U.S. Officer In Iraq Acquitted Of Aiding The Enemy; Guilty On 3 Lesser Charges
Friday, October 19th 2007, 8:47 am
By: News On 6
CAMP LIBERTY, Iraq (AP) _ A former U.S. commander at the jail that held Saddam Hussein was acquitted Friday of aiding the enemy by loaning an unmonitored cell phone to an inmate, but a military judge convicted him of unauthorized possession of thousands of pages of classified documents and two other charges.
Lt. Col. William H. Steele, 52, of Prince George, Va., had faced a life sentence if convicted of accusations he allowed prisoners use of his cell phone for unmonitored calls.
The judge, Lt. Col. Timothy Grammel, found Steele not guilty of that charge but convicted him of unauthorized possession of classified documents, behavior unbecoming an officer for an inappropriate relationship with an interpreter, and failing to obey an order.
Witnesses were then called to testify before a sentence was to be announced.
The alleged incidents took place between October 2005 to February 2007, when Steele commanded the 451st Military Police Detachment at Camp Cropper prison that held Saddam before he was hanged in December 2006.
Steele later served as a senior patrol officer at nearby Camp Victory with the 89th Military Police Brigade. The charge of illegally holding classified documents pertained to that period.
The prosecution had argued that Steele had a history of flouting the rules and that he loaned an al-Qaida-linked inmate an unmonitored cell phone, despite rules that inmate calls should be arranged in advance and conducted with an interpreter present.
``You heard in this courtroom, in a closed session, that he handed detainee No. 2184, an al-Qaida member in Iraq, his personal cell phone and allowed a five-minute conversation. It was the equivalent of putting an AK-47 in his hands,'' said Capt. Michael Rizzotti, the prosecutor.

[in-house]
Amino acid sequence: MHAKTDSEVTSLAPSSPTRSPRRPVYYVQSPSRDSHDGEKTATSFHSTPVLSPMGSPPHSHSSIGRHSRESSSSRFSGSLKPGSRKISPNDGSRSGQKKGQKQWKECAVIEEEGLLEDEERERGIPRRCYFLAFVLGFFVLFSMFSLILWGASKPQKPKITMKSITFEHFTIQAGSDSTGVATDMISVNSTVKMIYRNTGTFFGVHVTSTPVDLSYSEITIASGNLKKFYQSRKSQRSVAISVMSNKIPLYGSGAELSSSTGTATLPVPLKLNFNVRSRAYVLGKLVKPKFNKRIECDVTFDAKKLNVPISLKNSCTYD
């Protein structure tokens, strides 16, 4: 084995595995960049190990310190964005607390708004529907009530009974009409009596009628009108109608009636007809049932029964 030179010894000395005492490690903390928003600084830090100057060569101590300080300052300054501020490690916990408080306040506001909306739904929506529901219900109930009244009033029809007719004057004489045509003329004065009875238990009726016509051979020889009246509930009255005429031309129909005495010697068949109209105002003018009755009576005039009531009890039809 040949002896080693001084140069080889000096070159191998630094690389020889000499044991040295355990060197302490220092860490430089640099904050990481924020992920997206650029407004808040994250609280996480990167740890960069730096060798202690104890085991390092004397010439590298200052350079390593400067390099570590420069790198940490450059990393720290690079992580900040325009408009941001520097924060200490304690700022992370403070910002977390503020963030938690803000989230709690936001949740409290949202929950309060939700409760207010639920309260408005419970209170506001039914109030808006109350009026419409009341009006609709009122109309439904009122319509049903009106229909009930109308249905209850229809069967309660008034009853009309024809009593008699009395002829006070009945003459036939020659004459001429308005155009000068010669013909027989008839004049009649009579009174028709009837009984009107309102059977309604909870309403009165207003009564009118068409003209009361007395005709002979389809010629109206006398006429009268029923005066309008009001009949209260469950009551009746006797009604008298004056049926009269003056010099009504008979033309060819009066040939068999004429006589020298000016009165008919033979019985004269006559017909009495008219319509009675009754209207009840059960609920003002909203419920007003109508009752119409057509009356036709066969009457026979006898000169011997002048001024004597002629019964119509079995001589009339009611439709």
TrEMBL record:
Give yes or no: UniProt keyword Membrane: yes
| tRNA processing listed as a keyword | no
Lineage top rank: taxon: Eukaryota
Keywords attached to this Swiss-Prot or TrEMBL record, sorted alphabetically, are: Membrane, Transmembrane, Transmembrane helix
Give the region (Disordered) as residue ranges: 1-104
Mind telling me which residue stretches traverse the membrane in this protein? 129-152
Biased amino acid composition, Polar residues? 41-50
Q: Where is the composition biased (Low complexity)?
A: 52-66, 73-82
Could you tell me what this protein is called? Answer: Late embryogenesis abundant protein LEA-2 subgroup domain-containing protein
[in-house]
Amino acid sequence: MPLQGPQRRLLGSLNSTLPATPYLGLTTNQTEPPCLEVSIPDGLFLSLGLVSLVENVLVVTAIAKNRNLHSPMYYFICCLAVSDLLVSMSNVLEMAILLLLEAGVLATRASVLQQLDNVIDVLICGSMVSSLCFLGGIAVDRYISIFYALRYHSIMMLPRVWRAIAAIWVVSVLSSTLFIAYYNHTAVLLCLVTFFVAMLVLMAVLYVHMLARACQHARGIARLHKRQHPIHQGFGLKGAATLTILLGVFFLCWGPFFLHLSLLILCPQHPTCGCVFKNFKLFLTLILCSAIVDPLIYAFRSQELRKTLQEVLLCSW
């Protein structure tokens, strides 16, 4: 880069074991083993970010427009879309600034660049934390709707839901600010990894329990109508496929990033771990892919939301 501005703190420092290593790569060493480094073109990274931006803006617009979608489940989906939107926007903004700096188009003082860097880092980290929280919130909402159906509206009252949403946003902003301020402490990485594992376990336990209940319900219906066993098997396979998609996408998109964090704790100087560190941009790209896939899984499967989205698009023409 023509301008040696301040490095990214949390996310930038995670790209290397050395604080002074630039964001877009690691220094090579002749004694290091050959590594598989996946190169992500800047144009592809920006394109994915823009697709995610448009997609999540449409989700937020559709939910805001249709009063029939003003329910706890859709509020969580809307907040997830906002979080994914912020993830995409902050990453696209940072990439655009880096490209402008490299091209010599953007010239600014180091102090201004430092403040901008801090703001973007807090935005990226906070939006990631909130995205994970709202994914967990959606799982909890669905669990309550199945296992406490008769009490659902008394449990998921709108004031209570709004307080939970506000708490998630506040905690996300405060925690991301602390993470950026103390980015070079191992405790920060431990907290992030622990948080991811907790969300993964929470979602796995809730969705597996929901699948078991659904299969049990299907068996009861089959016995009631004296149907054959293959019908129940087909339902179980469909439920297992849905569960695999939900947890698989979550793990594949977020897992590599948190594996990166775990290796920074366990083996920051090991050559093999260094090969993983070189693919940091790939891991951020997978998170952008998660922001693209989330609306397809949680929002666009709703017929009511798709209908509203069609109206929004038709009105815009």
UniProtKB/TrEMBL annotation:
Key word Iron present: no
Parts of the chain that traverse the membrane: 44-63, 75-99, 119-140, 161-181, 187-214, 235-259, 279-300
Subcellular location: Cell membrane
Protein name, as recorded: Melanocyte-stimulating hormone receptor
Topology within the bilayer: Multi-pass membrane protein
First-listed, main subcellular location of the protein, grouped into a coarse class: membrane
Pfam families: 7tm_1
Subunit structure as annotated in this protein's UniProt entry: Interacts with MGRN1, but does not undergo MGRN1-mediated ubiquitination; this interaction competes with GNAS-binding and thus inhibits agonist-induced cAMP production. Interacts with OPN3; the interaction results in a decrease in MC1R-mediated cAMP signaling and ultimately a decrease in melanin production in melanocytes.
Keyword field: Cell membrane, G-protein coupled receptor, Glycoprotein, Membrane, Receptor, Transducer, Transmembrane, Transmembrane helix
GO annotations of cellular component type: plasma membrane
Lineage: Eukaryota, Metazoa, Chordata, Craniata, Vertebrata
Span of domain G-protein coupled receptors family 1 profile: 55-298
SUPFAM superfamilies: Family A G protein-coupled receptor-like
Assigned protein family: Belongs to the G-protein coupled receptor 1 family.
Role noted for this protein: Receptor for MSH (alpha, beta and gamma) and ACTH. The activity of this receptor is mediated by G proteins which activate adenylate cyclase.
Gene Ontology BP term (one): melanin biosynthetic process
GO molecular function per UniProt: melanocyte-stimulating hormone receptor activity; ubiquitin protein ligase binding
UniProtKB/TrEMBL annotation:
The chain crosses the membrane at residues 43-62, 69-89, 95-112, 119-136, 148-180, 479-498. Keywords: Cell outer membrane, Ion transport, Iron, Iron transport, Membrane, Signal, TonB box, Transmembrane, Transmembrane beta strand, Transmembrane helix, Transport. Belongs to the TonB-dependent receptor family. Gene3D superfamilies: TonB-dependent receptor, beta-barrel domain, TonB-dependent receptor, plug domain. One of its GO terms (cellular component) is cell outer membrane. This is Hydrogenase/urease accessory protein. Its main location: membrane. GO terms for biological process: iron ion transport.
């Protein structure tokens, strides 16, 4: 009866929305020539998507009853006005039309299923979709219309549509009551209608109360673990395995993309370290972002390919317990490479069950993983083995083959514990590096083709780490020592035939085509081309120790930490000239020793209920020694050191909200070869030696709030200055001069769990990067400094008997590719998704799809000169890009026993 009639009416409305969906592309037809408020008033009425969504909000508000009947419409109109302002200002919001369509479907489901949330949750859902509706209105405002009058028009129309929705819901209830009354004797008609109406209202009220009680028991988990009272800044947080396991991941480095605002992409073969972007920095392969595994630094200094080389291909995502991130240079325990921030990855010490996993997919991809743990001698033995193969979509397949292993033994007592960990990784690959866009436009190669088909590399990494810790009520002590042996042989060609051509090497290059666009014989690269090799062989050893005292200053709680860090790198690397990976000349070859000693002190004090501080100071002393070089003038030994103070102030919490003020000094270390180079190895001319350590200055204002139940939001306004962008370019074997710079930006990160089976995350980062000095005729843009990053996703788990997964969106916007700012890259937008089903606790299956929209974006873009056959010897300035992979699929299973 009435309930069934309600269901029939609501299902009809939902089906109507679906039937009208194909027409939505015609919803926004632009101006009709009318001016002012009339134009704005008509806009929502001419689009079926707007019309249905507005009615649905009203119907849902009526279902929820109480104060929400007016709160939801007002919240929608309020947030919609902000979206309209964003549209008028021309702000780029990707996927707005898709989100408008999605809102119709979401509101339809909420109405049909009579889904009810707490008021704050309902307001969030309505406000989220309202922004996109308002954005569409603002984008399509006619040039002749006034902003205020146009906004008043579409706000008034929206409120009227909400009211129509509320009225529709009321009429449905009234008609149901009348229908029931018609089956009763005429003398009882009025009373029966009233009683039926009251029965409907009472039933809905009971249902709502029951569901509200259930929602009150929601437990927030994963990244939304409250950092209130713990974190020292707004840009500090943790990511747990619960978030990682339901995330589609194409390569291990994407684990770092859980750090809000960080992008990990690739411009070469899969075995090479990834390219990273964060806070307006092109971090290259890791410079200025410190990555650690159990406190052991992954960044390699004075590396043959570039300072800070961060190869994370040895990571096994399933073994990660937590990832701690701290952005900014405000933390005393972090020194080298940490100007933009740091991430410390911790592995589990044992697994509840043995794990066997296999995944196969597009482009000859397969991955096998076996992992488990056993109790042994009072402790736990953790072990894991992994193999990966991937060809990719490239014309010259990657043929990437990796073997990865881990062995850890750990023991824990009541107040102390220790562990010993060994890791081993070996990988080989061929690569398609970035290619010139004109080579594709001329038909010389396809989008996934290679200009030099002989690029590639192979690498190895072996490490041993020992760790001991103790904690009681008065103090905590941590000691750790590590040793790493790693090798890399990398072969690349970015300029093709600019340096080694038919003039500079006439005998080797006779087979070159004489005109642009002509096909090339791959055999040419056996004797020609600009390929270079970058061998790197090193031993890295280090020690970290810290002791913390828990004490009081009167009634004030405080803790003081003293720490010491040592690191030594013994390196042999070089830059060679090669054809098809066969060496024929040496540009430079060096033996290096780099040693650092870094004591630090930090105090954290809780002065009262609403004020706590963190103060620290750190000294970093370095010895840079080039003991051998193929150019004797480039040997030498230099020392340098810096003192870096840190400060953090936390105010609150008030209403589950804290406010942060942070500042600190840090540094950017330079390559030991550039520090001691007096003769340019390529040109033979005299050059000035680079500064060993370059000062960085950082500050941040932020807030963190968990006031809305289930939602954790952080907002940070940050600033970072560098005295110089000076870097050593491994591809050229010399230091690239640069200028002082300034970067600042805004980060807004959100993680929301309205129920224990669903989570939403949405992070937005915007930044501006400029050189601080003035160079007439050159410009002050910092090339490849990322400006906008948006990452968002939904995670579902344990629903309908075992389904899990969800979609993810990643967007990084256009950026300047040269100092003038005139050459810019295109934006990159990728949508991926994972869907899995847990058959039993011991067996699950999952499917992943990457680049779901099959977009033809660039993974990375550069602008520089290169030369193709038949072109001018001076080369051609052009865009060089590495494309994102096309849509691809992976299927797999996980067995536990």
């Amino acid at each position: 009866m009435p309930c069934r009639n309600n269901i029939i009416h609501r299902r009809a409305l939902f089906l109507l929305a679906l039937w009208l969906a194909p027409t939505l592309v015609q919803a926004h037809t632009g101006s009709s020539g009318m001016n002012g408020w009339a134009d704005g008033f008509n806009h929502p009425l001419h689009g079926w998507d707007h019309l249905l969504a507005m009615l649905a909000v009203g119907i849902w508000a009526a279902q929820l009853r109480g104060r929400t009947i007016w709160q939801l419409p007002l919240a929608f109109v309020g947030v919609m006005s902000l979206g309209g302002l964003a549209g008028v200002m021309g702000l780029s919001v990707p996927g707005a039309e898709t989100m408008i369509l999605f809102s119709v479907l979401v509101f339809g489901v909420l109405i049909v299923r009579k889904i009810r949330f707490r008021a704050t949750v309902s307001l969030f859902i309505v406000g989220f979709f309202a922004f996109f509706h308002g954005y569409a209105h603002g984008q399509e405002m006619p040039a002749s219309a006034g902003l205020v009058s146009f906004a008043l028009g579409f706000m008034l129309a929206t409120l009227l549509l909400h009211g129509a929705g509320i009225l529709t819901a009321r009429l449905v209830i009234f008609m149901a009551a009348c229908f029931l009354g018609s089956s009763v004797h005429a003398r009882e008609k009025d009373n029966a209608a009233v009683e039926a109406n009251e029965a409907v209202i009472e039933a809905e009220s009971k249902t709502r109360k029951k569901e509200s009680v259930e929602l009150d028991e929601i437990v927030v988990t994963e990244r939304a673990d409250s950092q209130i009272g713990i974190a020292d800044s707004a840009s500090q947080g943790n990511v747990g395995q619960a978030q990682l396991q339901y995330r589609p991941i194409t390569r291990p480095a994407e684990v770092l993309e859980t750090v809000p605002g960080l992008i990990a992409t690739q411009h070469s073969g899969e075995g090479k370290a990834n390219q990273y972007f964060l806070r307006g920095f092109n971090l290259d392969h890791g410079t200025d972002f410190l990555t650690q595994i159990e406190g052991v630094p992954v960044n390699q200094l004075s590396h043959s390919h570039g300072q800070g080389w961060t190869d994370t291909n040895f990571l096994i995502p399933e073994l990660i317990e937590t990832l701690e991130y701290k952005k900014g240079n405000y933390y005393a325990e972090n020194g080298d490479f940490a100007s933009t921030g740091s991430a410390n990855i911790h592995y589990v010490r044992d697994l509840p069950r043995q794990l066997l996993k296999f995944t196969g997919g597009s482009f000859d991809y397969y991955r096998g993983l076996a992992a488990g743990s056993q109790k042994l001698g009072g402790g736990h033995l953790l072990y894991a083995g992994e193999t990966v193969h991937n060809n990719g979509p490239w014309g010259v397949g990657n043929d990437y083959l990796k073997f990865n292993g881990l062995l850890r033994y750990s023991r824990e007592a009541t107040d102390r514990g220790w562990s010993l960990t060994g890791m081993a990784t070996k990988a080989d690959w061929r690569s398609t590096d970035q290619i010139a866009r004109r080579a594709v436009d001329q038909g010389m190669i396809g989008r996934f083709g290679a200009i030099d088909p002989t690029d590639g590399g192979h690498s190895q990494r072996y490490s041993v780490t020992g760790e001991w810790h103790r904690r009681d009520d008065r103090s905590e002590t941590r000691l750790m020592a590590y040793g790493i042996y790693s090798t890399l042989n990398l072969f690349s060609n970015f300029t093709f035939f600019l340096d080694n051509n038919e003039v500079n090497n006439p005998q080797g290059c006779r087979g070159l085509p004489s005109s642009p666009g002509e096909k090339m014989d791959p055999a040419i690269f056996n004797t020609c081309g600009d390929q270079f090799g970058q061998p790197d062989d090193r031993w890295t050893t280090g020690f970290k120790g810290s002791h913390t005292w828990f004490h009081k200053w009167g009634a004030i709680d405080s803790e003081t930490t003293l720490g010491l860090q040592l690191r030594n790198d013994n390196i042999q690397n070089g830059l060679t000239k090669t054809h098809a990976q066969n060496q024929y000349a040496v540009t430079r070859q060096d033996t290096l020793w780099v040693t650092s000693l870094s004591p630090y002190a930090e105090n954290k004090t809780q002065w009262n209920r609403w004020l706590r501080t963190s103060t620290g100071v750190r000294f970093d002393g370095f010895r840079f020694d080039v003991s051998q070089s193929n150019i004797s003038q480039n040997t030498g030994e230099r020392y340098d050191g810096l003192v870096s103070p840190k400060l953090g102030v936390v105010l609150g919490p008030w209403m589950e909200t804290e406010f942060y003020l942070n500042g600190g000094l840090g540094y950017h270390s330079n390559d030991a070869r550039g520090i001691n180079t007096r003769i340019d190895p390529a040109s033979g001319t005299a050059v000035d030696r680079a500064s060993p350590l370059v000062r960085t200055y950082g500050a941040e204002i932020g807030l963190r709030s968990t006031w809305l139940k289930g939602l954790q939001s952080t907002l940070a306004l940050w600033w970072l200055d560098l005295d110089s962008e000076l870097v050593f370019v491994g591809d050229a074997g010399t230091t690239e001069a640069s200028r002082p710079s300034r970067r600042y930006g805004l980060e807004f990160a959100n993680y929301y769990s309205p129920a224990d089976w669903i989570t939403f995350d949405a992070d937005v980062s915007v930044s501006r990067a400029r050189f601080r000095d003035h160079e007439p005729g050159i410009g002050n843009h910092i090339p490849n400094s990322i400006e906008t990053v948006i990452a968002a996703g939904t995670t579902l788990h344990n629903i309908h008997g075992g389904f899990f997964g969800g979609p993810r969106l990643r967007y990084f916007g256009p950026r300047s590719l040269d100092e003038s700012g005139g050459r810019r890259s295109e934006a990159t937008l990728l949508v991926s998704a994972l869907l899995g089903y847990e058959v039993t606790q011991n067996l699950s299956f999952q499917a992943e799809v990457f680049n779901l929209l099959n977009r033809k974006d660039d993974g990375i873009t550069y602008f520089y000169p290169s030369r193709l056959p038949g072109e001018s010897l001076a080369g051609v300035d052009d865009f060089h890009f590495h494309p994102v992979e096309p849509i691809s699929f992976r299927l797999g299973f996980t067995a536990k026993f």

``All it takes is a phone call and if that detainee can communicate with someone outside, that can put soldiers of the United States at risk,'' Rizzotti said. ``The second he handed over that phone for an unmonitored phone call, in Arabic, that is the second he aided the enemy.''
Maj. David Barrett, the defense attorney, denied that Steele ever provided a cell phone for an unmonitored conversation and said his client was doing his job by treating the detainees in a humane fashion.
``Long after we leave Iraq, and we will leave it, what will be left? It's the impression of the soldiers that will really matter,'' Barrett said. ``Lt. Col. Steele treated the detainees with dignity and respect. Let's not confuse that with sympathy for the enemy.''
Barrett also said Steele's storage of classified documents was an ``honest mistake'' and he argued that the defendant's relationship with an interpreter did not constitute behavior unbecoming an officer.
Steele, an Army reservist, chose not to testify in his own defense in the first court-martial on charges of aiding the enemy since the U.S.-led invasion of Iraq in March 2003.
Much of the trial, which began Monday, was held behind closed doors, when officials said classified information was discussed.
The only other U.S. officer known to have been accused of collaborating with the enemy since the 2003 start of the war Capt. James J. Yee, a Muslim chaplain who was linked to a possible espionage ring at the Guantanamo Bay, Cuba, military prison. He was eventually cleared and given an honorable discharge.
Steele has already pleaded guilty to three other charges _ including wrongfully storing and improperly handling classified information and possession of pornographic videos _ which carry a maximum sentence of six years in prison, forfeiture of pay and dismissal from the Army.
He also could face additional maximum sentences of 10 years for unauthorized possession of classified information, six months for failing to obey an order, and possibly a year for conduct unbecoming an officer, officials said.
Steele initially faced a possible death sentence on the charge of aiding the enemy, a capital offense under U.S. military law. But a former acting commanding general of U.S. forces in Iraq, Maj. Gen. James Simmons, decided against a death sentence.